Bananas went commercially extinct in 1965 and are likely to do so again. To make sense of this statement that is alarming fruit growers around the world, read on.
Children get some of their features from their father and some from their mother. This is because genetic material from both the parents is involved in creating the child. The same is true in plants, where pollen from one plant is used to fertilize the flower on another plant. The resulting seed has genetic material from both the parent plants and the tree arising from it inherits some properties from both the plants.
Now in the wild, the banana contains a mass of hard seeds making it inedible. But some 10,000 years ago, hunter gatherers in the Malaysian jungle stumbled across a plant that produced seedless, soft fruit. This was the result of a genetic mutation. The fruit was tasty, but the plant was sterile. It couldn’t produce any offspring.
That didn’t stop farmers, they learnt that they could re-plant cuttings of the tree and grow another sterile banana tree. But this method also meant that every banana tree grown this way was a genetic copy of the same tree.
Over the years (bananas were one of the earliest crops), there has been remarkably little genetic change in the various banana types all of which descend from a few forest mutants. This is not good for the health of the banana. It makes it less resistant to diseases.
Take this example, suppose a disease occurs which wipes out 90% of a population. The remaining 10% by some freak mutation prove more resistant to the disease. In the future if these 10% are allowed to breed, their offspring will also inherit their resistance. Before too long, the whole population may be resistant to the disease. This is the reason why penicillin is no longer as effective as it used to be. Many of the microbes it used to kill have developed into resistant populations.
The key to this system is that there should be a large number of genetically different individuals in the population so that whatever disease or disaster comes about, there may be some individuals who are resistant to it and can continue to breed.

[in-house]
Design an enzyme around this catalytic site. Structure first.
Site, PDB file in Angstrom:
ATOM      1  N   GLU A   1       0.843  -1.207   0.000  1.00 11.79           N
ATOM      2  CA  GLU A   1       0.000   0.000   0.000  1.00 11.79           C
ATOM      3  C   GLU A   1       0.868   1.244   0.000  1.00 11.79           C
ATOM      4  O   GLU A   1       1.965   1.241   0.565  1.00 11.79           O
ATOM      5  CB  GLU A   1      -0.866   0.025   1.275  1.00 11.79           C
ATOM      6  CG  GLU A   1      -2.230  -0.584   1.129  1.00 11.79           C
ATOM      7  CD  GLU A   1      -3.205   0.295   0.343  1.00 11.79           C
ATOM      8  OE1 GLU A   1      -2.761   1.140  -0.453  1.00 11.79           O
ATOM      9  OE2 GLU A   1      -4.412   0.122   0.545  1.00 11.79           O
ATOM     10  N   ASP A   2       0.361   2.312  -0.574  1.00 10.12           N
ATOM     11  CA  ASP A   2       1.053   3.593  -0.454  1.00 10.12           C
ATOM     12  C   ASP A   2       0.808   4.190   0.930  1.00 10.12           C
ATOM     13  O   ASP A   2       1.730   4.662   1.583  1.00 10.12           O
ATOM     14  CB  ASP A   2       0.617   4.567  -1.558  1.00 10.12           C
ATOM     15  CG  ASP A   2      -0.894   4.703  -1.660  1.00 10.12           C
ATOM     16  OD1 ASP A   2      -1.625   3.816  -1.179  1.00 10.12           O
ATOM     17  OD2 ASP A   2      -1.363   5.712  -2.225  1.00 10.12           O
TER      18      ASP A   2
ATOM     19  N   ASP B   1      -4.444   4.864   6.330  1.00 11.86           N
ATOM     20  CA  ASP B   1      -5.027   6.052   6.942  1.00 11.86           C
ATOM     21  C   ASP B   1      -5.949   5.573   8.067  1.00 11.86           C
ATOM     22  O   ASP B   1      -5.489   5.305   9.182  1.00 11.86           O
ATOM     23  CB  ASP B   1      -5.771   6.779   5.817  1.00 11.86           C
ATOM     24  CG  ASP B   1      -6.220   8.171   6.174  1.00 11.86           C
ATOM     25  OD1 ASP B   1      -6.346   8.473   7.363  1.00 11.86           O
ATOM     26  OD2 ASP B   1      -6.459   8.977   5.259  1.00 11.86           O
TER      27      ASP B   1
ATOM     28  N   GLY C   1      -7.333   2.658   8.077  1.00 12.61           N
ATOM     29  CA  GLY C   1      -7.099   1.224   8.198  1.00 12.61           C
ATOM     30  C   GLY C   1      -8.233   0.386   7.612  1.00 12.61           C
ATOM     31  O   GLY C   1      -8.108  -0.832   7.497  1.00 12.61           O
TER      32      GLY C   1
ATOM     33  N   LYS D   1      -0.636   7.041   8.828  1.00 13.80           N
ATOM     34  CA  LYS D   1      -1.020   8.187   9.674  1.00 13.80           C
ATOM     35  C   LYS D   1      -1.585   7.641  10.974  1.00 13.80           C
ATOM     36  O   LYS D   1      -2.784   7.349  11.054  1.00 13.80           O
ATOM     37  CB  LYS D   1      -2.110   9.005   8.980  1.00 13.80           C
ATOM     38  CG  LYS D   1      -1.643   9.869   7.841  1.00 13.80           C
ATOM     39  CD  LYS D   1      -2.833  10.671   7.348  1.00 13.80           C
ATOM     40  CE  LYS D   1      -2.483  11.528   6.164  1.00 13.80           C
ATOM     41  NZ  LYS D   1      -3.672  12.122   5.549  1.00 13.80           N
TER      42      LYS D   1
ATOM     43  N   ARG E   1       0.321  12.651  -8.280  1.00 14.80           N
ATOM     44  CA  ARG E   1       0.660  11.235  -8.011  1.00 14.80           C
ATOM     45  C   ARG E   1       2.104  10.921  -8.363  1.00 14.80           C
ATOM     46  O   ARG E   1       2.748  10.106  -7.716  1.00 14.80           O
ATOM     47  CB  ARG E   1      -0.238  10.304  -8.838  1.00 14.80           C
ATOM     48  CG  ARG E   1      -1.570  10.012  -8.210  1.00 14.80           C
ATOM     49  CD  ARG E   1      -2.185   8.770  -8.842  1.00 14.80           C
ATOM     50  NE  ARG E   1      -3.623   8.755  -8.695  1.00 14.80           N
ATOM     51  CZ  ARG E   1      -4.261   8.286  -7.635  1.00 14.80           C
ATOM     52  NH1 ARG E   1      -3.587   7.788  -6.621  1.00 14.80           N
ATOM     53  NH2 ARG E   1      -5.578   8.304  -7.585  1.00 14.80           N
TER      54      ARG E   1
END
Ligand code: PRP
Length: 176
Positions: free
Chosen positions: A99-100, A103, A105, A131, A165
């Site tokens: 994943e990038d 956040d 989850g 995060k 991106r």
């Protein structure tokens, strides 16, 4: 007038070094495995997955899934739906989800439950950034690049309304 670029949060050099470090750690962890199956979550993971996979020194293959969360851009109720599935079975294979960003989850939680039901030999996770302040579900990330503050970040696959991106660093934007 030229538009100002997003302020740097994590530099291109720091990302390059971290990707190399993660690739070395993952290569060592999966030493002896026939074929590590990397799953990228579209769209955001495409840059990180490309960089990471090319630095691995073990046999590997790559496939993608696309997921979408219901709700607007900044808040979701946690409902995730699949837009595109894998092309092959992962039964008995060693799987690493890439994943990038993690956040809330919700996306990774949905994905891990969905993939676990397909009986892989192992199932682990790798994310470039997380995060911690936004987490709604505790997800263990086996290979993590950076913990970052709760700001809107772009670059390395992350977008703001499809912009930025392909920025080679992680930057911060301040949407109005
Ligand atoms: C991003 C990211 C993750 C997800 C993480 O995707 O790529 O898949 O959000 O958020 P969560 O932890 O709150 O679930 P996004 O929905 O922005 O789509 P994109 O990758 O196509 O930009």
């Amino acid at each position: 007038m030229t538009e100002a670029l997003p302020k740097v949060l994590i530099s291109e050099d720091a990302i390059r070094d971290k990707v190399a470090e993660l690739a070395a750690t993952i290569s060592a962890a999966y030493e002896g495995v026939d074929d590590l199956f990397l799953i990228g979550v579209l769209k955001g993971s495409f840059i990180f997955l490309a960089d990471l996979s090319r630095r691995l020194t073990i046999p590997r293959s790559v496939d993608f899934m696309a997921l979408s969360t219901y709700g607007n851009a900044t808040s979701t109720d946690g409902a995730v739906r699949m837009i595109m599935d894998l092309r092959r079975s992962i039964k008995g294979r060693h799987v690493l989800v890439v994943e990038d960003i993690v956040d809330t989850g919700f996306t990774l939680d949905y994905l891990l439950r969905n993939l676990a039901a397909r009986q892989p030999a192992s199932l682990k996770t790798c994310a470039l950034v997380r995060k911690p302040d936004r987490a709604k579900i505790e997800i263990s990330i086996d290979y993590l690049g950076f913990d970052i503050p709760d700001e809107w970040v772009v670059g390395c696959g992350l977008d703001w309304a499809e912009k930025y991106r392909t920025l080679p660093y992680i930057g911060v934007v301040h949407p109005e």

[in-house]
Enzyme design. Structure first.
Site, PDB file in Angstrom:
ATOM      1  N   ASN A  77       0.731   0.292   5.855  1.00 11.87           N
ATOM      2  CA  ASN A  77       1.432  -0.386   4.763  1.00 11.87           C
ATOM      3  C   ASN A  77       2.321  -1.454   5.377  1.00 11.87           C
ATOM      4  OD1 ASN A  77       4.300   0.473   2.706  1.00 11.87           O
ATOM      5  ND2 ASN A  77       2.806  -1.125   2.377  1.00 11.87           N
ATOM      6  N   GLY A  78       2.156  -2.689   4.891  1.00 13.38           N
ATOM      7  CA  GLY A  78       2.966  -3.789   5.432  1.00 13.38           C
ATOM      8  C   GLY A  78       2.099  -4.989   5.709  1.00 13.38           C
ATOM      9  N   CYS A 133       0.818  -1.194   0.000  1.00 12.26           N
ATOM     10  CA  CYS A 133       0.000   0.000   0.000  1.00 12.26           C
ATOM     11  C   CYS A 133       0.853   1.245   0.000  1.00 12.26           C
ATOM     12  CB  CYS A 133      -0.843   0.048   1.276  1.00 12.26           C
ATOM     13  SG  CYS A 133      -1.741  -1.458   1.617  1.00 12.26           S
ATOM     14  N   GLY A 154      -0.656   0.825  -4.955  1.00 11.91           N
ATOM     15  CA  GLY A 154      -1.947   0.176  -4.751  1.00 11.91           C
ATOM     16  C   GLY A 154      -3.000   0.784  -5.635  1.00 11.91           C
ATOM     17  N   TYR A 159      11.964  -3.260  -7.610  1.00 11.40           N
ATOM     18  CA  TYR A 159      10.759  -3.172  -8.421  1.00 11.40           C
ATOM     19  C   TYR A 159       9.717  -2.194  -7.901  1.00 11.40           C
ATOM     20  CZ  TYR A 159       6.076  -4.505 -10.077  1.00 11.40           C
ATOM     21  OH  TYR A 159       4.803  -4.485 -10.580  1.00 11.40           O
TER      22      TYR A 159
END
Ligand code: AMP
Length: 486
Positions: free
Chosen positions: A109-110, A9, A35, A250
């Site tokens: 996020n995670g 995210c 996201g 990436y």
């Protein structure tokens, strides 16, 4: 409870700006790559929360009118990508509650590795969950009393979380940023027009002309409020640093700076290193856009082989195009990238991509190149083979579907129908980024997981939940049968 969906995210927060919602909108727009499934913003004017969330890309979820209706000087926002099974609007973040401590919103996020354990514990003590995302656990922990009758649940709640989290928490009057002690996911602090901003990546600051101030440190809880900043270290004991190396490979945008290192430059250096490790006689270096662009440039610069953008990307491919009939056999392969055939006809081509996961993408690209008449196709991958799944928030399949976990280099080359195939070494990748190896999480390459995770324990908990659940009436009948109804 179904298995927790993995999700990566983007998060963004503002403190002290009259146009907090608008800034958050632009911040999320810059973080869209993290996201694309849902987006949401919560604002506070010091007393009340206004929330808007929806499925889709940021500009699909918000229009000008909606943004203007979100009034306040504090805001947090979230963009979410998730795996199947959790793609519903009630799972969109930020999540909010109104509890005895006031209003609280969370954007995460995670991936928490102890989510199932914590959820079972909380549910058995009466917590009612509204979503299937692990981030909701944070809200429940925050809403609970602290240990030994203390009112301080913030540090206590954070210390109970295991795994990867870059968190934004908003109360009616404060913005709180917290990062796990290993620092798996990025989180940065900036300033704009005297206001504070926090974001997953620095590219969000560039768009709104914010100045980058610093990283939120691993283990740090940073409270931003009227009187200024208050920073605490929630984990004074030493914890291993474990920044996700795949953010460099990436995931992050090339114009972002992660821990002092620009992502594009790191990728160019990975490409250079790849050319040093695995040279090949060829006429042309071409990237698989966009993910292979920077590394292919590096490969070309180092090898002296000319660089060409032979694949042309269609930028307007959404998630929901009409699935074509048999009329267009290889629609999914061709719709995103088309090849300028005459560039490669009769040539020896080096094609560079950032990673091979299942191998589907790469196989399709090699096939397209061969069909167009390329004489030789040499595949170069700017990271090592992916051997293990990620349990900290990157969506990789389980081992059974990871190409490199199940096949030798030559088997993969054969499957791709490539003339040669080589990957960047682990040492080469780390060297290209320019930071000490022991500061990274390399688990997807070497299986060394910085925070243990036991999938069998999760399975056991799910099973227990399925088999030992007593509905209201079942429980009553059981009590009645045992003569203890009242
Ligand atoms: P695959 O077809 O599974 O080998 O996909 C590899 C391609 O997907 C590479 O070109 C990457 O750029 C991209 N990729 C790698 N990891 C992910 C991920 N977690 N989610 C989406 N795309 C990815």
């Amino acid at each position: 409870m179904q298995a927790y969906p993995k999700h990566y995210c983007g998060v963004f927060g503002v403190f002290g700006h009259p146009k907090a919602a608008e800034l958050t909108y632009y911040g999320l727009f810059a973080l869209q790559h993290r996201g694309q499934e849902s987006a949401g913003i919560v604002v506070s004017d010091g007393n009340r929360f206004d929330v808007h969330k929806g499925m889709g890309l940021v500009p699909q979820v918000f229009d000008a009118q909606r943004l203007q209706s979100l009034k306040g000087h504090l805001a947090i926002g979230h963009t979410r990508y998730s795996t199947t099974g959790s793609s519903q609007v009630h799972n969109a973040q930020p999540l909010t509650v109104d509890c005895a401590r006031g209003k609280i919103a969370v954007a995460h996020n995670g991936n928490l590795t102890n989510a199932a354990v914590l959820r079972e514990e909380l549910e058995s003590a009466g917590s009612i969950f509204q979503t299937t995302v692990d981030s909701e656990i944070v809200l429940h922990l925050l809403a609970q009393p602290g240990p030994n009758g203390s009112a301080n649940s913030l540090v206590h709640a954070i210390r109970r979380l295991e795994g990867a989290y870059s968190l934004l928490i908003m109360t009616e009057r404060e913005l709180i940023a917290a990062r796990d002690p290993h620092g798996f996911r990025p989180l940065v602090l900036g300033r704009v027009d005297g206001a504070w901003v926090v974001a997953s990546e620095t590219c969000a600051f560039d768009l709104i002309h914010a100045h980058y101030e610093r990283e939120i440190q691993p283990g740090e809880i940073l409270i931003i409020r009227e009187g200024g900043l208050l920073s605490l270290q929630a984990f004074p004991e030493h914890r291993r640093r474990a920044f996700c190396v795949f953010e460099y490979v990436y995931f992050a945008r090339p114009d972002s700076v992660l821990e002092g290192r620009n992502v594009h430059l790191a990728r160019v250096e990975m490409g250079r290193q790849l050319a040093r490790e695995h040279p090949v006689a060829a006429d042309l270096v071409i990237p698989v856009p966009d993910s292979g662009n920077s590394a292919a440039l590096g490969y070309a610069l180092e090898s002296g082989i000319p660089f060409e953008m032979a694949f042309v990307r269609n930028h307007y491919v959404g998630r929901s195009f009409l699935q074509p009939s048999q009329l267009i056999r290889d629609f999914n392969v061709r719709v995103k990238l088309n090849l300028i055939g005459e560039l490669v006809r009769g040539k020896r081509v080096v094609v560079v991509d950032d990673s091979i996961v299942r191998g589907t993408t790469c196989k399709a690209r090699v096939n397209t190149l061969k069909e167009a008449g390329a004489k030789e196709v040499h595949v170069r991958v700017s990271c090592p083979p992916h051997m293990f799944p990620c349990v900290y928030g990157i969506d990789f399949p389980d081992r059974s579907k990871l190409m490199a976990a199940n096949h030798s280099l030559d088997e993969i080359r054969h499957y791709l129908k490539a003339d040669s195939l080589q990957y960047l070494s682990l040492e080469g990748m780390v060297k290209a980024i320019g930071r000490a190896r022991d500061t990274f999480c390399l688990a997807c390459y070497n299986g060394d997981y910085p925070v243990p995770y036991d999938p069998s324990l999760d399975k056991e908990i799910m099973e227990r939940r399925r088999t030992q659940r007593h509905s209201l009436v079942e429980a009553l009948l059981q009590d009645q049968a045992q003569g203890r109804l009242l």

On the other hand, if all bananas are genetic clones of each other, then a disease that can kill one banana tree can probably kill all banana trees.
This has happened before. Till the 1950s, the most commonly grown banana was a variety called the Gros Michel. It was a rich sweet fruit and didn’t have a bitter aftertaste when green. Unfortunately then a soil fungus called Panama disease wiped off the population of the Gros Michel till it became commercially insignificant.
Gros Michel Banana
A new variety was found, the Chinese form known as the Cavendish which dominates world banana production now. Today, over half the bananas produced and exported are of this variety. Chances are that the bananas you got from the market are Cavendish.
In 1990, in Malaysia a disease was found and named Tropical Race 4. This came from a soil fungus. A single clump of contaminated soil can spread the disease transported by wind, cars or water. The disease attacks the plant’s vascular system making it unable to draw water and nutrients from the soil.
India is the world’s leading producer of bananas and has hundreds of local varieties, but over the past 2 decades, the Cavendish variety has pushed out and replaced many of these. The mono-culture promoted by modern large scale farming only exacerbates the danger.
A similar story is seen in bees. The US honeybee population has seen a collapse in recent years. This is not just bad for bears and honey lovers, but also for farmers everywhere who depend on bees to pollinate their crops.
Honeybees originated in the old world and were brought to America by colonists. In 1622, Europeans introduced Apis mellifera mellifera, the “Dark Bee”. This was the only species till 1862 when Apis mellifera ligustica, the Italian or “golden honey bee” was introduced. Now the latter is most common.
Apis mellifera mellifera
Apis mellifera ligustica
In 1922, a ban on bee imports to prevent the contagion of a tracheal mite meant a limited gene pool for the American bees. Today, the US beekeeping industry is suffering from the Varroa mite which feeds on bee blood and transmits diseases.
Genetic diversity has been found to be a key element in ensuring the survival of bee colonies. In a US Department of Agriculture study, it was found that colonies where the queen mated at least 7 were 2.86 times more likely to survive a 10 month working cycle than less diverse colonies.
But what about humans? Well, humans are believed to have originated in Africa and moved to the rest of the world. It is therefore not too surprising that there is far more genetic diversity in East Africa than in Europe or Asia.
Map of Human migration inferred from Mitochondrial DNA